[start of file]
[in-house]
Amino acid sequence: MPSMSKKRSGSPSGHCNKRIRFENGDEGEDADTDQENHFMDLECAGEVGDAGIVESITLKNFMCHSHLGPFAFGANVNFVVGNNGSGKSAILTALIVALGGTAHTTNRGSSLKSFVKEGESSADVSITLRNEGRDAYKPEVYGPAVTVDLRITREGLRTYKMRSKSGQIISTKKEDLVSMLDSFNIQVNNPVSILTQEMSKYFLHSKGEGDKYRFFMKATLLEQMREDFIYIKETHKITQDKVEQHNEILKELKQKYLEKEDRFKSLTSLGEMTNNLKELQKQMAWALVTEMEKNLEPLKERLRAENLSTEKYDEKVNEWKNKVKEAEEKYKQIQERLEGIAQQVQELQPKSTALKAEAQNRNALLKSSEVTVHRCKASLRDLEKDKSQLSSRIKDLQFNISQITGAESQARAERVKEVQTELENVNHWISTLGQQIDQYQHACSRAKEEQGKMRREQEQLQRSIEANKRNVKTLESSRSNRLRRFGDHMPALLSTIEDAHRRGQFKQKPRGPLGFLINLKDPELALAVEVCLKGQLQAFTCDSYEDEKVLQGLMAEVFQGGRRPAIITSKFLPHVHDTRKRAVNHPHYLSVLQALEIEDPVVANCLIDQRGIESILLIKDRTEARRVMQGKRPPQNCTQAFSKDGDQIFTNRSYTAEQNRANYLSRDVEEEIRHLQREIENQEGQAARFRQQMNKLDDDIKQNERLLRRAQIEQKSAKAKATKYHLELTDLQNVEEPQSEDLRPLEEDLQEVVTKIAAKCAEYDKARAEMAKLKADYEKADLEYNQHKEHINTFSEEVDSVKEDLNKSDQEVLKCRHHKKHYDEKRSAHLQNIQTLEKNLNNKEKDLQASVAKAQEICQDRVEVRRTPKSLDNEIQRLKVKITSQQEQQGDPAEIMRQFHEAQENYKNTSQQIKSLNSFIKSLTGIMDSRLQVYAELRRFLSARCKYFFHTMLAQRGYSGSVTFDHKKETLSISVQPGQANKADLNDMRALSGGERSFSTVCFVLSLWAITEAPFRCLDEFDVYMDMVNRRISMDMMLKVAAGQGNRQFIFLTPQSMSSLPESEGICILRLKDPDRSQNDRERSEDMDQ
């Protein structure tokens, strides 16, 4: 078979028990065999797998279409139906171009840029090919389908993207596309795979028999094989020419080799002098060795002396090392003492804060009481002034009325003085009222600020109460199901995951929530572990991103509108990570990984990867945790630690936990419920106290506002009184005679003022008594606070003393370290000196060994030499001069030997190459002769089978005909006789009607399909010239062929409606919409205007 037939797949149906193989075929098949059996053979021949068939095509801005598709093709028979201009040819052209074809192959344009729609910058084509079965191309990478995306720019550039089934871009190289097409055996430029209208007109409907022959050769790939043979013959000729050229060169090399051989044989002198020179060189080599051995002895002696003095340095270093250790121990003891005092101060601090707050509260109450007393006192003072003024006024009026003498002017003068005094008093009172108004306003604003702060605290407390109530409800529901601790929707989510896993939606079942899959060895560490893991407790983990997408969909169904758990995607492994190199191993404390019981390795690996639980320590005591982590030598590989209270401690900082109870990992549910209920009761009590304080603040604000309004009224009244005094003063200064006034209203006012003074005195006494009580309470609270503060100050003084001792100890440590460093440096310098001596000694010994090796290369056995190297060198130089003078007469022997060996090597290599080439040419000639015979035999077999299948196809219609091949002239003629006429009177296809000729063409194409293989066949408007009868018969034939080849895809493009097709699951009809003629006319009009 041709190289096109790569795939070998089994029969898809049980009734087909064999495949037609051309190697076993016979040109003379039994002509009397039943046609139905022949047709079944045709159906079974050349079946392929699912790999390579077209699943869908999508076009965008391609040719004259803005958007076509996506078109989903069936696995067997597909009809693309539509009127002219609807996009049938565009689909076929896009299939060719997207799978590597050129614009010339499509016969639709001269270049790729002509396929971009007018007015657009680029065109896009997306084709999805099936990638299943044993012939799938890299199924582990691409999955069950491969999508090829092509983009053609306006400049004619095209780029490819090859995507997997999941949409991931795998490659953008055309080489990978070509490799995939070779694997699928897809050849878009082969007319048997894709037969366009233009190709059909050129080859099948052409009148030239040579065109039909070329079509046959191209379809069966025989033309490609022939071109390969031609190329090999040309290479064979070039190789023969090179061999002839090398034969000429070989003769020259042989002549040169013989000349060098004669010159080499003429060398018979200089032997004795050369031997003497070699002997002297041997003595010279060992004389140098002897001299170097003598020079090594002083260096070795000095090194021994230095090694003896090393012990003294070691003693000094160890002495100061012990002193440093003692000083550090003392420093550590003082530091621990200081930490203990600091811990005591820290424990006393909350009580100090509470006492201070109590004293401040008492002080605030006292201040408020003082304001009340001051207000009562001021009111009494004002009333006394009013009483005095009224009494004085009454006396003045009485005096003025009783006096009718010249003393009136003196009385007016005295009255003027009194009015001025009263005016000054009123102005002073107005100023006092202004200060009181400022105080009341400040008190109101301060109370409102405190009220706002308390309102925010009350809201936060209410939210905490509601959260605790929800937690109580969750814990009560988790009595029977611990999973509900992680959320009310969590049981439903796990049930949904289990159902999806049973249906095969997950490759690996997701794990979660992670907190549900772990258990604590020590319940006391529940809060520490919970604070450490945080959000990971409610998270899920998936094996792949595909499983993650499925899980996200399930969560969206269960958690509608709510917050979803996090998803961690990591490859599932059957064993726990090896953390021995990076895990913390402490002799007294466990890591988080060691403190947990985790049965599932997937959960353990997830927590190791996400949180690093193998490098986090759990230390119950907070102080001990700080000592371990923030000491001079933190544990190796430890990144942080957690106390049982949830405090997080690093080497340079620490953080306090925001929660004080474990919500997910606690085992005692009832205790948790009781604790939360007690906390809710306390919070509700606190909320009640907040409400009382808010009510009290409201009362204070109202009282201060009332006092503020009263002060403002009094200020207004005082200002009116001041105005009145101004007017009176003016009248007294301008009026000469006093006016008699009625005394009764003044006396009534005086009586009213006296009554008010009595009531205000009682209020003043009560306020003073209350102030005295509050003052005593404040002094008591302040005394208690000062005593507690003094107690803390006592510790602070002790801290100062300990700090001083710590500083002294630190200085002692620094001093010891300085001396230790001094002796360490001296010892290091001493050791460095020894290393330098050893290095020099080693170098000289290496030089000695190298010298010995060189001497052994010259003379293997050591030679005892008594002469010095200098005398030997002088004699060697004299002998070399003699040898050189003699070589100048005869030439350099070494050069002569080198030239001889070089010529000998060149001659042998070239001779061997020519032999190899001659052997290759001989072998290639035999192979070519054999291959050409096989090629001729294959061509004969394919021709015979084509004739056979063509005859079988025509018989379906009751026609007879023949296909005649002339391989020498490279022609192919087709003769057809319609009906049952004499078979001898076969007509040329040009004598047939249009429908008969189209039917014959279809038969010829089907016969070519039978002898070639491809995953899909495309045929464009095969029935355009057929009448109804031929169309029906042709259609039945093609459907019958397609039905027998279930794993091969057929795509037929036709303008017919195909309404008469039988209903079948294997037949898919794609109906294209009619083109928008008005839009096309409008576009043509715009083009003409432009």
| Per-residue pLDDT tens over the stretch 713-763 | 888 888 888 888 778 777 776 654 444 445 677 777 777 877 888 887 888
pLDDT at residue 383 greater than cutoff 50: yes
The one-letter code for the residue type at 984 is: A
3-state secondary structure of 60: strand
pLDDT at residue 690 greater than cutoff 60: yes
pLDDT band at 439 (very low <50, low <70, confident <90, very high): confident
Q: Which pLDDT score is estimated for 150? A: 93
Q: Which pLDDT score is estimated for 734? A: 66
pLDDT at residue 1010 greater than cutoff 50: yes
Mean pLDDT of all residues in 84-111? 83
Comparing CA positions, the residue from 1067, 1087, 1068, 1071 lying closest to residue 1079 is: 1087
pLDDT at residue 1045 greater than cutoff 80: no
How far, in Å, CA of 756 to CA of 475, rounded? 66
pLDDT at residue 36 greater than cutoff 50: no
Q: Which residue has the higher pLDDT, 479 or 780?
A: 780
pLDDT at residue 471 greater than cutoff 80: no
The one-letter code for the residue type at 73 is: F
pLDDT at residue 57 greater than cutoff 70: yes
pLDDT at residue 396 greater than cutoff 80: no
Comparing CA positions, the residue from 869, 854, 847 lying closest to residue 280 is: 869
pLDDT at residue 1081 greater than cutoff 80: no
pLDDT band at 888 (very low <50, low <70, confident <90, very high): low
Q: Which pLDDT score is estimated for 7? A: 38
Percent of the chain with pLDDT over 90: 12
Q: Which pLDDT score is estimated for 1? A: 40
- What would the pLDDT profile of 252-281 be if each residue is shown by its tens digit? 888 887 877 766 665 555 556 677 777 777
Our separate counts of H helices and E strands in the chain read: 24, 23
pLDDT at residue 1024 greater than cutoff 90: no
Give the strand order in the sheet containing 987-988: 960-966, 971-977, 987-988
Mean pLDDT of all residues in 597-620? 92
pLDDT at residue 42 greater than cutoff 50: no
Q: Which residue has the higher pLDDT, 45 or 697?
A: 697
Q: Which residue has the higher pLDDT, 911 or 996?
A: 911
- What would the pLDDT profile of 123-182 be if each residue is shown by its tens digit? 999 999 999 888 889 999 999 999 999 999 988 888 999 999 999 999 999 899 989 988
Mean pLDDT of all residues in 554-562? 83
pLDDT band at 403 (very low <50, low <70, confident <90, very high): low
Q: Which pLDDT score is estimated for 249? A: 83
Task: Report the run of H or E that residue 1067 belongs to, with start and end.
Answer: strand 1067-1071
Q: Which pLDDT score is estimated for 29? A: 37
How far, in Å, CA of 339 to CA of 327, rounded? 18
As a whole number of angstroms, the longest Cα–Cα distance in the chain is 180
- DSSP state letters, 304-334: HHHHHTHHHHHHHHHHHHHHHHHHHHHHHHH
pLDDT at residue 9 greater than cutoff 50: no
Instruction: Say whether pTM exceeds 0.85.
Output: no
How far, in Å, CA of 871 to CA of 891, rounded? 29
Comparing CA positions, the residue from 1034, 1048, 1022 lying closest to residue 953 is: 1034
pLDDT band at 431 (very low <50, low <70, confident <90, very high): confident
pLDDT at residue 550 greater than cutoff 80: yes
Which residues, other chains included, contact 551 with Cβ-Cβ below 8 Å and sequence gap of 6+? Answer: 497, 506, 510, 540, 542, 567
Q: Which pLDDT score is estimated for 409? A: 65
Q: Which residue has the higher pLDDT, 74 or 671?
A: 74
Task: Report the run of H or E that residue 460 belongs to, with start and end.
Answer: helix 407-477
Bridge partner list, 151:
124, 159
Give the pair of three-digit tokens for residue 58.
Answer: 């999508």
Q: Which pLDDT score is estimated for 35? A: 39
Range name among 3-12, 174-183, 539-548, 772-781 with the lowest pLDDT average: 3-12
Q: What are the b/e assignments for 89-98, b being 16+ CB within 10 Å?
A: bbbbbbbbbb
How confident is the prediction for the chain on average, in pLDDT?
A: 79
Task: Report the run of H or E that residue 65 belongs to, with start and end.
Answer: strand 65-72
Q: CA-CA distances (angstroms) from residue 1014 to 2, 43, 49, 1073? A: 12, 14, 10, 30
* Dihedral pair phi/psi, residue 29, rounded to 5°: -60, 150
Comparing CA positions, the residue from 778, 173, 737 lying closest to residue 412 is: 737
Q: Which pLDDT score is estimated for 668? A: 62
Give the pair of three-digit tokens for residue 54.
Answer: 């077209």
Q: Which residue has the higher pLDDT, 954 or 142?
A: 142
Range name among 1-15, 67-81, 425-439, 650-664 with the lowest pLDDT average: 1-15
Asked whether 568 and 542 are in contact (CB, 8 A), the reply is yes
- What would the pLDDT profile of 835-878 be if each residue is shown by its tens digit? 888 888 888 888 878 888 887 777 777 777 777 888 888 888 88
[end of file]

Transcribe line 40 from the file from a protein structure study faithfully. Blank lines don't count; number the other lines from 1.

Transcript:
- What would the pLDDT profile of 123-182 be if each residue is shown by its tens digit? 999 999 999 888 889 999 999 999 999 999 988 888 999 999 999 999 999 899 989 988